• Plant of Month profile contributed by Jessica Grandey

Common Names  Peach, Peach tree, Persian apple, Momo, Táo Ren.

Latin Name: Prunus persica

Family: Rosaceae

Peach is an old European folk remedy that was adopted by the Indigenous people as a food and medicine when European settlers brought it to the New World. Peach trees were first cultivated in China but the Persians created a variety that was prized by the Chinese. Peaches have been mentioned in literature as far back as 49AD and there have been findings in ancient Chinese manuscripts going back to 1100BC.

Chinese people believed the peach tree had greater vitality than any other tree. This is because the blossoms appear before the leaves have sprouted. Peaches are featured in many ancient Chinese writings. Peaches or gifts with peach imagery were prized gifts.

‘Peach Blossom Land’ is the term used to describe a haven of peace. Sweet peaches also have a place in many religious rites and are often found on family alters. There are many illustrations of elders or Buddha holding a peach.

In Chinese (Taoist) mythology, “peento peaches” were a type of peach grown by the heavenly queen mother and were considered fruits of immortality. These peento peaches were said to only ripen every 3,000 years and could only be eaten by immortal beings.

Chinese people are known to eat peach-shaped dumplings on their birthday sometimes because peaches symbolize prosperity and longevity. 

The wood of a peach tree has often been made into weapons because of its tendency to ward off evil. In China images of peaches are often used to decorate objects, ranging from decorative vases to drinking cups. Beautiful images have been carved out of peach pits. Peach is a Goddess symbol as the phallus is a God symbol.

In Japanese folklore there is a hero named Momotaro. He was born from a giant peach and was found by an old childless woman who was washing clothes by the river he was floating down in his peach. The woman and her husband were going to eat the peach but discovered the child who explained that he had been given to them by the gods to be their son the couple named him Momotaro because Momo is the word for peach and taro is the word for the eldest son in the family. Some people call him peach boy. At the girl’s festival, Hinamatsuri, peach blossoms and fruit are featured due to their banishing powers. 

In Korea, peaches are seen as the fruit of happiness, longevity, riches and honor. They also consider the peach tree to be immortal.

In Vietnamese mythic history, the peach branch is used to send a message of victory and coming peace after a battle. Also, it is by a peach tree that lovers meet and fall in love. In Vietnam, peach blossoms signal spring. The peach bonsai is one of the symbols used during the Vietnamese new year.

Ancient Egyptians offered peaches to the God of Tranquility. Romans associated the peach with Venus. In Germany peaches have been seen as an aphrodisiac with magical properties. Southern Native American nations applied a poultice of ground peach and grape leaves to skin inflamations and boils, changing the bandage several times a day until healed.

A peach with a leaf attached symbolizes the union of the heart and tongue, hence truth.

“You’re a real peach” originated from the tradition of giving a peach to a friend you like.

Flavor : Sour, aromatic, bitter, sweet
Temperature : Cooling (fruit, leaves, twigs)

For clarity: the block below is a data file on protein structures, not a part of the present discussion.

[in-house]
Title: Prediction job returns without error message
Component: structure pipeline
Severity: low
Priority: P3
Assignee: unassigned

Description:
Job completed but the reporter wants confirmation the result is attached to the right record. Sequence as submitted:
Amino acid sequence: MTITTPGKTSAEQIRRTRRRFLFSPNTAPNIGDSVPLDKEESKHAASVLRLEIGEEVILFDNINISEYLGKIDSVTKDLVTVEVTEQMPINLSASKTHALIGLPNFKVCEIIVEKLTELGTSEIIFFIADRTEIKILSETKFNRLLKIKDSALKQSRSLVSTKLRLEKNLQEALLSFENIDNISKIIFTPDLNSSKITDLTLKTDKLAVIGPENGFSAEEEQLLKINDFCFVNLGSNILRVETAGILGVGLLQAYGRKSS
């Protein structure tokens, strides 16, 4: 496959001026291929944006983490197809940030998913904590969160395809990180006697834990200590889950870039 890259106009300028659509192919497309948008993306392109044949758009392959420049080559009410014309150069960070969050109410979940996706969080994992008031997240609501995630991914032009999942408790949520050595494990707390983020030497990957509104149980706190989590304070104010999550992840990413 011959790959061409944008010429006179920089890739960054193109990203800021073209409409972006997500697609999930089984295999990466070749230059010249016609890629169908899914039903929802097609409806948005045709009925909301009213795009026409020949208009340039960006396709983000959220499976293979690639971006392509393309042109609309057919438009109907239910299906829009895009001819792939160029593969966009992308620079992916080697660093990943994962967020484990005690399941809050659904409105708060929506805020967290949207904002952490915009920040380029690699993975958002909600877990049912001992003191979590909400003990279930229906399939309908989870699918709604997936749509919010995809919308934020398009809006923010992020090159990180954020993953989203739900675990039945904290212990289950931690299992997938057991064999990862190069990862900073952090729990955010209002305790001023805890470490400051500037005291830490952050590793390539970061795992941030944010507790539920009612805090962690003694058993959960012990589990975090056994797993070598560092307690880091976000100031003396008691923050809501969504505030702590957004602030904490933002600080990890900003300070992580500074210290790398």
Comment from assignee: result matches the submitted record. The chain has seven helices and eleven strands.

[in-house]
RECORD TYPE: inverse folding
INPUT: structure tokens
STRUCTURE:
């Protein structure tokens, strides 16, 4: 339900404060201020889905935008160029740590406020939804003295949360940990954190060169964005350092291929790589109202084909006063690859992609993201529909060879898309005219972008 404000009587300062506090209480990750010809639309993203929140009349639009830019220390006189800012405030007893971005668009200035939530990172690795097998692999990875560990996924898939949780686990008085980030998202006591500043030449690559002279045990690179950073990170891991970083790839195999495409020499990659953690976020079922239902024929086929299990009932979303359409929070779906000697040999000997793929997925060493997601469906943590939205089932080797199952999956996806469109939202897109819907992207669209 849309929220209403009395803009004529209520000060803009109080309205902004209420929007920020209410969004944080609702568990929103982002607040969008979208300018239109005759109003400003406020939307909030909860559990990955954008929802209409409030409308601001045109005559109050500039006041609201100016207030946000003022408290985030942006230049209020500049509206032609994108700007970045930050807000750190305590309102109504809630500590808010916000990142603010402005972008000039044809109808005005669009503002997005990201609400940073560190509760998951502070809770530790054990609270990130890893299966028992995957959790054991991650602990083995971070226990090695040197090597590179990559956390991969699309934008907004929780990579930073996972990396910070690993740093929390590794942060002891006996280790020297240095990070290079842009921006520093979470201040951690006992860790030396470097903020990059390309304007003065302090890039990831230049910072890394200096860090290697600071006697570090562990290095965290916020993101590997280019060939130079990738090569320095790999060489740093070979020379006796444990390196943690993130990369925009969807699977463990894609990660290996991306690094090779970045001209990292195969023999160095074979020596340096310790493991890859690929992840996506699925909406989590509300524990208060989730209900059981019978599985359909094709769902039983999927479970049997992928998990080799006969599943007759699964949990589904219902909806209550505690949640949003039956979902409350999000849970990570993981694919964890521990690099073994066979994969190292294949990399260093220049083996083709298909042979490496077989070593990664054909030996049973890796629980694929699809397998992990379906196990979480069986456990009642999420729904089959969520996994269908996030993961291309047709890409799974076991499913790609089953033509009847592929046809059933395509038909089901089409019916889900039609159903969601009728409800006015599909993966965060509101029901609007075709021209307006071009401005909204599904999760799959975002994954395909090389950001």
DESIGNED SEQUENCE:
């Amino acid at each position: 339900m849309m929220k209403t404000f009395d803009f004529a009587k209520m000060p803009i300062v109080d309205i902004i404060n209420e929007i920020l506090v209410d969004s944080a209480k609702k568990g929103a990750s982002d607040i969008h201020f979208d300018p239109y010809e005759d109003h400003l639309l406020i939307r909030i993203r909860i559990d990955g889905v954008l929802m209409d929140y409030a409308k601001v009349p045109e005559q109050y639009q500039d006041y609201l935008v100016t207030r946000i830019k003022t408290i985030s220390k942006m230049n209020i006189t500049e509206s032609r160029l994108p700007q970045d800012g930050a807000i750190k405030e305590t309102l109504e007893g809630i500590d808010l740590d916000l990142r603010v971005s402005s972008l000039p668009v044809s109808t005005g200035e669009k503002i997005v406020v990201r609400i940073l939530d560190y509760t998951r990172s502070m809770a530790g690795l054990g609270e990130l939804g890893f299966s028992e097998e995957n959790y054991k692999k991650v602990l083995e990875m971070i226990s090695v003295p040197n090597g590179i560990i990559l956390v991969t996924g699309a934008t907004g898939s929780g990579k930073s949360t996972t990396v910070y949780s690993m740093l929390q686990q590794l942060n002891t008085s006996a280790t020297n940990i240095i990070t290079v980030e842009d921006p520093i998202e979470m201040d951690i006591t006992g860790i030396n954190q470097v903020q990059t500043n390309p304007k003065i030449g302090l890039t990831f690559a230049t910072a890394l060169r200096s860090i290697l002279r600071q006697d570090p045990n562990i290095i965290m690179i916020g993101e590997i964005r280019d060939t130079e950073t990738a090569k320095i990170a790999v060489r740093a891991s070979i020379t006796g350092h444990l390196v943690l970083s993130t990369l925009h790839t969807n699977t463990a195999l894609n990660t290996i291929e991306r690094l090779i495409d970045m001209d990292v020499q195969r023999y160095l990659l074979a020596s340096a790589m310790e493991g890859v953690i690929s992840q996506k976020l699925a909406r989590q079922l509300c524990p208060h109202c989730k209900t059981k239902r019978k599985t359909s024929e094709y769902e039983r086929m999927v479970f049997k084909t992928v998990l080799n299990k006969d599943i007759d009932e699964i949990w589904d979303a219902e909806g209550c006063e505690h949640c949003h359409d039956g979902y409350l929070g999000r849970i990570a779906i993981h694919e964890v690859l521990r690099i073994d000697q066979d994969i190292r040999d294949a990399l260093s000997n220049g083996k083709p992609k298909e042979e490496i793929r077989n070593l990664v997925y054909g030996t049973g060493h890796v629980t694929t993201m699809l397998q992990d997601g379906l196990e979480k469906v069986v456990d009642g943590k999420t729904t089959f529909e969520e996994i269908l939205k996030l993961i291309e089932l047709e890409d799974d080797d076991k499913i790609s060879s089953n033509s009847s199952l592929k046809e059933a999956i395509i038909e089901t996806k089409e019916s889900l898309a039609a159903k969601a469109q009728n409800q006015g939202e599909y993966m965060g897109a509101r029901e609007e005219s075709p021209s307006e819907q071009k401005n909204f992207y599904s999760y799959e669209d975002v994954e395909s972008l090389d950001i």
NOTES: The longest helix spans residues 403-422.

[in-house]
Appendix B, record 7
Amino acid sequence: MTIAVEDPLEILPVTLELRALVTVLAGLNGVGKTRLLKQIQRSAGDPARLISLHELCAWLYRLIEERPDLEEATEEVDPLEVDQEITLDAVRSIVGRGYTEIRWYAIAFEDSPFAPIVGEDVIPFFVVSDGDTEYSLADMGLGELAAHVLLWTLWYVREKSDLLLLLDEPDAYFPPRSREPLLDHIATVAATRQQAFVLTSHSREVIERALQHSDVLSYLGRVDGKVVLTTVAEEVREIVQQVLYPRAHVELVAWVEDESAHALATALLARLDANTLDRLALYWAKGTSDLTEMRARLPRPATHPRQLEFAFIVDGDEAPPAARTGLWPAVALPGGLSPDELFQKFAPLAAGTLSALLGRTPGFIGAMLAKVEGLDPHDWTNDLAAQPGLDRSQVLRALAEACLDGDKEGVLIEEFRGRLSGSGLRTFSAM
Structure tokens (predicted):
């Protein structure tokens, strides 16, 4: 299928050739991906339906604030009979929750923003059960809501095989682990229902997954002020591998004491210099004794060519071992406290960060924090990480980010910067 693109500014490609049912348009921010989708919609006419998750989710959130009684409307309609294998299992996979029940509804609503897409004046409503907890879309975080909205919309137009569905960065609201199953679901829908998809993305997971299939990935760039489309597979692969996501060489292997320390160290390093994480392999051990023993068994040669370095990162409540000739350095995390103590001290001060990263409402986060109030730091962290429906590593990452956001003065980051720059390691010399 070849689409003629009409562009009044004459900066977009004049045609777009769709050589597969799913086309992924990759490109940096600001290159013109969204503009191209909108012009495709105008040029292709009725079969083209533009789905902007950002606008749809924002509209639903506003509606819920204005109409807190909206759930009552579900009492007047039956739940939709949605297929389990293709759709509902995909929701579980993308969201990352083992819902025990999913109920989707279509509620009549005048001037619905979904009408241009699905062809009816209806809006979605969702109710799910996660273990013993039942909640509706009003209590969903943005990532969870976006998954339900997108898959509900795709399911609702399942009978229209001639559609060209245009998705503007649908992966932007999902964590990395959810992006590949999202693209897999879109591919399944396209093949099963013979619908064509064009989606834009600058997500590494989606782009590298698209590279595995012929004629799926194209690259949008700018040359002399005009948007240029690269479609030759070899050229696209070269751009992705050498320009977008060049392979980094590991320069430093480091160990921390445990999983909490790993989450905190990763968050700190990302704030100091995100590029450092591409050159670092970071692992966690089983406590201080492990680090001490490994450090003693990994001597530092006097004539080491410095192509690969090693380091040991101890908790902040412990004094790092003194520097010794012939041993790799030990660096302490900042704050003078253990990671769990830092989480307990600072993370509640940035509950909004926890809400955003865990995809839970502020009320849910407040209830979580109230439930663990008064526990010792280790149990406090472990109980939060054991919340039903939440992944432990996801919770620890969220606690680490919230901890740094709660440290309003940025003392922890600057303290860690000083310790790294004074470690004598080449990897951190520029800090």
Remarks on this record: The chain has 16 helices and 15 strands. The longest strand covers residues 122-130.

Moisture : Moistening (fruit, leaves, twigs) 
Tissue State: Heat, excitation, atrophy

Dryness, heat, irritability and tension in individuals who are sensitive, emotionally brittle and have a tendency towards inflammation and allergies as well as other hyperimmune conditions. Sensitive skin, UTI, edema, dehydration, burn out, insomnia, earache, gastritis, dyspepsia, diarrhea, vomiting, morning sickness. Heals hurt caused by grief or loss, heals anger that stems from a deep wound.

Systems Upper GI, uterus, immune system, nervous system

Sedative, soothing and cooling nervine, demulcent, diuretic, mildly astringent, anti-inflammatory, antiemetic, emmenagogue, laxative (seed), drawing

Vitamin A/beta carotene, vitamin C, vitamin E, niacin, folic acid, calcium, fiber, iron, choline, potassium, selenium, magnesium, manganese, phosphorus, zinc, and copper.

Amygdalin (a cyanogenic glycoside) acetaldehyde, polyphenols, phytosterols, triterpenes, tannins, hydrocarbons

Calms hyperimmune responses like allergic skin reactions such as insect bites and hives. Soothes nausea and calms anxiety and restless moodiness, uterine tonic, digestive tonic, soothes digestive irritation, increases appetite.

Peach bark expels worms, calms the nervous system, alleviates morning sickness, excellent for bladder and urine problems. The flowers make a tasty syrup for children’s ailments.

Please make sure to do lots of research when working with the pits internally due to the presence of Prussic/hydrocyanic acid. It is advised to avoid using the pits during pregnancy because of their tendency to help move blood. Traditionally leaf, bark, and fruit are used during pregnancy. For someone with a colder constitution it is recommended to add something like ginger to warm up formulations involving peach. 

Culinary use
Peaches are most often eaten fresh, ripe and raw, but can be frozen, dried, canned, roasted, grilled, sauced, brandied and juiced. They can be baked into cobblers, pies, and other baked goods as well. The fruit and the flowers are delicious in salads.

Element : Water
Zodiac Signs : Aries, Sagittarius 
Planet: Venus
Magic : Protection, longevity, luck, vitality, love, wishes, banishing. The wood is used for wands and divining rods. The pit is carved and worn for protection. Peaches are given as gifts to sweet friends. Peach cobbler is traditionally made and given to woo a lover.

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